The recent economic survey (FY1617) has brought in the social security concept for India, terming it as ‘Universal Basic Income’ (UBI). The Randomwalks team went through the same to bring out the key discussion points for ease of understanding the concept, the advantages, challenges & the road ahead as outlined in the survey. Hope you find this interesting:
- The Concept: Providing very basic financial help to every targeted person (based on coverage) on a monthly basis. It is like a guaranteed income to be paid on a monthly basis without any strings attached to it.
- Coverage: Poor people, maybe below poverty line or any related measure that the Government may adopt. But it needs to be a very clear & unbiased selection.
- Amount: Gov needs to decide but rough calculations (from the survey) pegs it around 5400 per year
- The Advantages:
- Universal financial inclusion: With JAM (Jan Dhan, Aadhar, Mobile) this becomes relatively easier to implement
- Social security: A minimum sustenance allowance for all needy people, poverty alleviation
- Freedom to make a choice: The recipient makes a choice on best way to utilize the fund, which in turns gives him freedom to choose and hence better self respect
- Counters the misallocation issues with current subsidy mechanisms: Current subsidies have significant percentage of ‘inclusion error’ (people who are not supposed to get but enjoying it), similarly ‘exclusion error’ (people who are supposed to get but being deprived of the same) and ‘leakage’ as well (read it more as misappropriation). PDS has correct targeting of 28% while MGNREGS is relatively better at 37%.
- Equality across states/districts etc: Current allocation mechanisms for various reasons are mostly skewed. So many relatively richer states/ districts having a greater pie of the subsidies (e.g. contributes 20% to target segment while consumes more than 20% of the subsidy) and vice versa.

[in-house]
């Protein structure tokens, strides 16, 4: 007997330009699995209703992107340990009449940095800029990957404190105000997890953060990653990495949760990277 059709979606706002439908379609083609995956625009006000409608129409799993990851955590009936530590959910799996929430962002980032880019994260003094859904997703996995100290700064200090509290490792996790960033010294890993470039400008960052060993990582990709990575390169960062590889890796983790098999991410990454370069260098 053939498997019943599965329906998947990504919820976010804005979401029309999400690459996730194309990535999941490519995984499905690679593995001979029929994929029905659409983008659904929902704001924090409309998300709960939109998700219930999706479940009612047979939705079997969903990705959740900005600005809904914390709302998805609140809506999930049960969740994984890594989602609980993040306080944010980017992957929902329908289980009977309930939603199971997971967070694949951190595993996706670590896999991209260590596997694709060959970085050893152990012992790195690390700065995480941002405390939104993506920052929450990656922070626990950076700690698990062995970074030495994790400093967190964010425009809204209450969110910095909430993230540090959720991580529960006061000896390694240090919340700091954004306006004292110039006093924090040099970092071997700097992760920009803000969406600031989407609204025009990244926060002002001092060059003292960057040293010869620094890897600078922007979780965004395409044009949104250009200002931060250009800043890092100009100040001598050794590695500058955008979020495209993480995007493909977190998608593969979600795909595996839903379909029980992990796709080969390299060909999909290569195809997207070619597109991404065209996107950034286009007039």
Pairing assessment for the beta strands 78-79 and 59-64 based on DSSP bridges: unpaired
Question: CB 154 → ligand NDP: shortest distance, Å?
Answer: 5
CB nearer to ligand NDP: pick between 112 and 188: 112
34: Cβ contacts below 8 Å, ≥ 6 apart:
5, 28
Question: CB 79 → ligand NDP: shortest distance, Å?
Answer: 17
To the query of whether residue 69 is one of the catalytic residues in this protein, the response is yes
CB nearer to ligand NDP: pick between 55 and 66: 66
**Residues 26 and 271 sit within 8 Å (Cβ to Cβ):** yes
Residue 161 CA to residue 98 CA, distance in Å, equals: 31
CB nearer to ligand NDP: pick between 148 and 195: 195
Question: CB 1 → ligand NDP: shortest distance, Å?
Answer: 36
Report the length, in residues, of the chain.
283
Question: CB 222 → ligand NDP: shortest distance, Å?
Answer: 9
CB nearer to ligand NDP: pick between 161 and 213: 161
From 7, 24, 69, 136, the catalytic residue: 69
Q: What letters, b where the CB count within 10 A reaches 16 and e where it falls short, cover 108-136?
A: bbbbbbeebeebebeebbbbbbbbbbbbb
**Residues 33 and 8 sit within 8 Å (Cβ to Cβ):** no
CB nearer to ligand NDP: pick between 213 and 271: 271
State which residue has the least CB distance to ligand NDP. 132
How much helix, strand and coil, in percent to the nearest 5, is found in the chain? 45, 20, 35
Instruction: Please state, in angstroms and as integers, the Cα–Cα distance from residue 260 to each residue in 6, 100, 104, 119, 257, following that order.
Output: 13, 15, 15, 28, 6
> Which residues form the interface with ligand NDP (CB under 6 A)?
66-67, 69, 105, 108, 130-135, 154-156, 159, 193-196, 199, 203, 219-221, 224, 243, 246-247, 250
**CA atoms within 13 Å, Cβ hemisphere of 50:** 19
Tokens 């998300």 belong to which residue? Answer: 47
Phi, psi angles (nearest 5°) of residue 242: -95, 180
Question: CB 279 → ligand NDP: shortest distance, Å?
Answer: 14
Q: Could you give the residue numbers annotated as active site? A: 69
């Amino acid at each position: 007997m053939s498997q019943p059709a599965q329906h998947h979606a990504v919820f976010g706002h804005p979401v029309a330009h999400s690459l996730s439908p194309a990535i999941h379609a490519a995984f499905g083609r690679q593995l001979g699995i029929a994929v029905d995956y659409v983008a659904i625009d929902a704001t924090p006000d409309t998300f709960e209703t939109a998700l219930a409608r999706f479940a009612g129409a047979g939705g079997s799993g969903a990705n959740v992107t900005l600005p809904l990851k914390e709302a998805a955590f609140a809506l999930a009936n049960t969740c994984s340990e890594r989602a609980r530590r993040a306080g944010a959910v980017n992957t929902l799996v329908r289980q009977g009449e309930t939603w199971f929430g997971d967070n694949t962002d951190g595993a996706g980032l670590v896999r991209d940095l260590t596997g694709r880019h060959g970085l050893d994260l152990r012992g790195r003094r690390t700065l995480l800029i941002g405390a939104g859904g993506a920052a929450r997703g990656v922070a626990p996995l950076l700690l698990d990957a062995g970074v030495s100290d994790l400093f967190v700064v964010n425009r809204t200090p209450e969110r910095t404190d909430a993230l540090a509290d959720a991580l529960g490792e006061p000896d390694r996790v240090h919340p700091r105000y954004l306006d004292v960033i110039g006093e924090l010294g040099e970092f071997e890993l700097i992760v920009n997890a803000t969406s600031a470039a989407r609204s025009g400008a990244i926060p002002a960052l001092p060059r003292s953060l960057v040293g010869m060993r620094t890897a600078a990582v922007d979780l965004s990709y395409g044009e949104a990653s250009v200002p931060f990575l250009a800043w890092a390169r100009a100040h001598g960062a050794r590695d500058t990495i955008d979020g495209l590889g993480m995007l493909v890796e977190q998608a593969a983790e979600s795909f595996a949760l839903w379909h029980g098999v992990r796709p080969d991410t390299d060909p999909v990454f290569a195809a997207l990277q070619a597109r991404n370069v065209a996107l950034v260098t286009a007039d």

- The Challenges:
- Moral Hazard: With easy money, people will stop working causing productivity loss. The counter? The Survey quotes several studies which found this correlation not being established in other countries where this has been implemented. Also the amount is small and hence there will be efforts needed to augment it by more labor
- Misuse by the paternalistic society: Will the males of the family start drinking or get into bad habits because of some money being thrown to them? Again such correlation has not been found valid by different studies
- Fiscal prudence? Will it increase the burden for the state? It will depend on how this being devised. At the rate mentioned earlier, it would cost 4.2% of GDP. There is already a plethora of subsidy program for middle class and the rural poor. The cost to exchequer is somewhere around 2.07% of GDP for fertilizers, Petroleum, food; 1.05% of GDP for middle class & so on. The rationalization of these cross set of subsidies, plugging leakage/ errors in many of these schemes can sponsor most of the UBI amount but not all subsidies can be subsumed under UBI. Hence there will be additional net expense that needs to be factored in after detailed evaluation. This can be set at a fixed %age to GDP
- Access to banking channels: The ability to use these funds will depend on accessibility to banking channels. Hopefully with Small finance banks, Payments bank, Aadhar enabled payments led by JAM, impact of this issue can be controlled
- Conclusion: Implementation of a scheme like UBI will need further detailed studies, statistical analysis, and healthy discussion beyond political considerations. At the end a strong consensus needs to be built before being rolled out and also the usual socio-political nexus needs to be addressed effectively to ensure a proper administration of this scheme
- FY1617 Economic Survey report of GOI, Ministry of finance